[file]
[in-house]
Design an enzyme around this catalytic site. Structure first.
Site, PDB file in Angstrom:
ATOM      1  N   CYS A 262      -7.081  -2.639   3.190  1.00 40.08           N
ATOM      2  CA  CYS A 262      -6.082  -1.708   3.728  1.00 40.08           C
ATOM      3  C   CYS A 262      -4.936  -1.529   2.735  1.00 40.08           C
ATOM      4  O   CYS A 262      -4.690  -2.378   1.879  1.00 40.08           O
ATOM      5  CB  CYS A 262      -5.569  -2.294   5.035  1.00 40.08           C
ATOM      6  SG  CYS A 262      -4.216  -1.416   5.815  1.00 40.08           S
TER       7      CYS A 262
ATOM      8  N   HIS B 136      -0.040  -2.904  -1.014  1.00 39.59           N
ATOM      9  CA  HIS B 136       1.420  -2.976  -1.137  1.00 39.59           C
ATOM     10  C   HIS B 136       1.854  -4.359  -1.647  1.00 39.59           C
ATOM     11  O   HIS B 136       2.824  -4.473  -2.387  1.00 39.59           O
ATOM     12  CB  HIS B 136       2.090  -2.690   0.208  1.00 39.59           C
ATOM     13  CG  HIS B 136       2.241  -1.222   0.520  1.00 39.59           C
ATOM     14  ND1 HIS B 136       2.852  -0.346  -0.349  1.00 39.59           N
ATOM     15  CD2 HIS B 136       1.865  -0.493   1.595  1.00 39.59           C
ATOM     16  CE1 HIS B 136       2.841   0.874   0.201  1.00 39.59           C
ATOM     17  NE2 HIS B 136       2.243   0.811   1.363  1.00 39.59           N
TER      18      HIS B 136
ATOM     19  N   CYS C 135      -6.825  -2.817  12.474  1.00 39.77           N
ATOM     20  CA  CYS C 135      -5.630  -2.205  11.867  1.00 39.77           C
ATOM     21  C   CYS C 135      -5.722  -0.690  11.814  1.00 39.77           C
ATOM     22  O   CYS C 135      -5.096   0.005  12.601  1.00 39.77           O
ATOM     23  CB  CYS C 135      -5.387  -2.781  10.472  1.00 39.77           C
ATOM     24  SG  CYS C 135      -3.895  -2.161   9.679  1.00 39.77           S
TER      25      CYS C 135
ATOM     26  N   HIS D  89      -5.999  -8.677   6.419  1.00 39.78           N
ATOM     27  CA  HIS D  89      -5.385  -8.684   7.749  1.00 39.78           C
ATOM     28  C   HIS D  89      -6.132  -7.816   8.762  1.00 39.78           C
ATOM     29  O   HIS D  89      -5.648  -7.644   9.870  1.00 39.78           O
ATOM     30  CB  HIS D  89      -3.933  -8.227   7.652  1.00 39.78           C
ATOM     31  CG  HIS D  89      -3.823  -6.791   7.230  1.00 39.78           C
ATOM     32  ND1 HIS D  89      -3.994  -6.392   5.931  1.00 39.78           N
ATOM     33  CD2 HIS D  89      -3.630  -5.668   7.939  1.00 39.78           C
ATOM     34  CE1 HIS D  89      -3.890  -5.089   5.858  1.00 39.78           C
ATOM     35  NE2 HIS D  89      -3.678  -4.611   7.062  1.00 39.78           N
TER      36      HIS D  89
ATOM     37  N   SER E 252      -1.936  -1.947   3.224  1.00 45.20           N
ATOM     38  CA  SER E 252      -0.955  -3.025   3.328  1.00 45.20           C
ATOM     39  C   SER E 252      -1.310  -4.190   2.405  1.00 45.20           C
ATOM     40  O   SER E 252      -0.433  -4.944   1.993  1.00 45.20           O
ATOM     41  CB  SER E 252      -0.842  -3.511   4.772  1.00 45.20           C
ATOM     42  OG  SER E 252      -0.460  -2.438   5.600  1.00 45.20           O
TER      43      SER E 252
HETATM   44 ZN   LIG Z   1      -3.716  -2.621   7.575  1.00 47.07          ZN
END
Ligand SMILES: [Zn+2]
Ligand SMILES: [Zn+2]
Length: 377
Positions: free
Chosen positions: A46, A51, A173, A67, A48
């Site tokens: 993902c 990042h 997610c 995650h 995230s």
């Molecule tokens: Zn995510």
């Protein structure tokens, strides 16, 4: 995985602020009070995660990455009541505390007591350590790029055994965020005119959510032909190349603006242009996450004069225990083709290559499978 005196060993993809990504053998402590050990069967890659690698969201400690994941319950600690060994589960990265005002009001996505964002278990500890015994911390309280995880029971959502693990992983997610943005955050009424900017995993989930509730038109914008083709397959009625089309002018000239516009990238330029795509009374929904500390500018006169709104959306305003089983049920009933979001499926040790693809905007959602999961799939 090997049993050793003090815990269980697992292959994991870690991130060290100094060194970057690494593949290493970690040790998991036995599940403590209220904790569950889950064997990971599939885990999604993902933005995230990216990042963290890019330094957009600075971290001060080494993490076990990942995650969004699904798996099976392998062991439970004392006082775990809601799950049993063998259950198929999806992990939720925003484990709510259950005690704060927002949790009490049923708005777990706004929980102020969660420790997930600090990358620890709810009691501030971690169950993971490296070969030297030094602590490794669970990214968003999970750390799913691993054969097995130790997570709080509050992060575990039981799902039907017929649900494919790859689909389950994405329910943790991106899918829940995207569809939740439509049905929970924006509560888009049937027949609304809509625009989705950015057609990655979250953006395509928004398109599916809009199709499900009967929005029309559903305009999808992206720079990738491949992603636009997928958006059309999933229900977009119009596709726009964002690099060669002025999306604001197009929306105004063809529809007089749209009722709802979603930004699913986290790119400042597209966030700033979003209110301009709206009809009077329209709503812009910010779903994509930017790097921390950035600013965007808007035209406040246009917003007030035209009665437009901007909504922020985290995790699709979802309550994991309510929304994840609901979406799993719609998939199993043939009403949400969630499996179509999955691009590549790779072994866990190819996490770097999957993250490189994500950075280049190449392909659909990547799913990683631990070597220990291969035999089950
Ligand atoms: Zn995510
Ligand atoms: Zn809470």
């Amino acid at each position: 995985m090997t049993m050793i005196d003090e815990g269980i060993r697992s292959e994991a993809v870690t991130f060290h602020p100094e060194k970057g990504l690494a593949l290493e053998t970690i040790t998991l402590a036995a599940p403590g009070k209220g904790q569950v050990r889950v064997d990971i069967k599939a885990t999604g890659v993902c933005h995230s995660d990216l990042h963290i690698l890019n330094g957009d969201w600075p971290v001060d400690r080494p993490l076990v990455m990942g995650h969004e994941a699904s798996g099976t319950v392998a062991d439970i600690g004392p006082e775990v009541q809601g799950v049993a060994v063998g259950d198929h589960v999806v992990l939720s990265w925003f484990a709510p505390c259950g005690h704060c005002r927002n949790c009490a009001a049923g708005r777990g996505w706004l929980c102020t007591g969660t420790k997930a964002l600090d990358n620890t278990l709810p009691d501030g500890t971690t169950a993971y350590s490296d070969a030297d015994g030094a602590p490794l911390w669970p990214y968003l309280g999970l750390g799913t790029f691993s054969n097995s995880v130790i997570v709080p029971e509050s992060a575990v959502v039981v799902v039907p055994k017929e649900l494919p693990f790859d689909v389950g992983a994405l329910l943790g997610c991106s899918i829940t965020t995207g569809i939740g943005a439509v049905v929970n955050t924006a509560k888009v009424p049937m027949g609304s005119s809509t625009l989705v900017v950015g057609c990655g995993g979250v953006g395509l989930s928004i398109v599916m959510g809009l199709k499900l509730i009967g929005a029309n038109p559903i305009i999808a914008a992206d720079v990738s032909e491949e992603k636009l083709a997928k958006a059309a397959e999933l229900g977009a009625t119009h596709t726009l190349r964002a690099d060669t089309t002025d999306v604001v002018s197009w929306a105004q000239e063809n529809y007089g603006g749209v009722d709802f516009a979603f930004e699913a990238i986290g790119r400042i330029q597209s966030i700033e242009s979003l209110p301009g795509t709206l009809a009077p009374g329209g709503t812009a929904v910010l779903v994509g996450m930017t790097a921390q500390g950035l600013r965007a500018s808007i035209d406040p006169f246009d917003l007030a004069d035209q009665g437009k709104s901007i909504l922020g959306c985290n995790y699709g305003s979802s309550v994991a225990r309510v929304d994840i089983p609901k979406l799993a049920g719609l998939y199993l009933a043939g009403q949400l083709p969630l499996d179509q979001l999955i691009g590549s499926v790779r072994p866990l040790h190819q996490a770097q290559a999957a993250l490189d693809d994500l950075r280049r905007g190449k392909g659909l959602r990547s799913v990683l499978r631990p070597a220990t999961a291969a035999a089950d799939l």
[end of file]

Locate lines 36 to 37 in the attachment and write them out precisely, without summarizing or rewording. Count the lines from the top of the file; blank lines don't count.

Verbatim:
ATOM     33  CD2 HIS D  89      -3.630  -5.668   7.939  1.00 39.78           C
ATOM     34  CE1 HIS D  89      -3.890  -5.089   5.858  1.00 39.78           C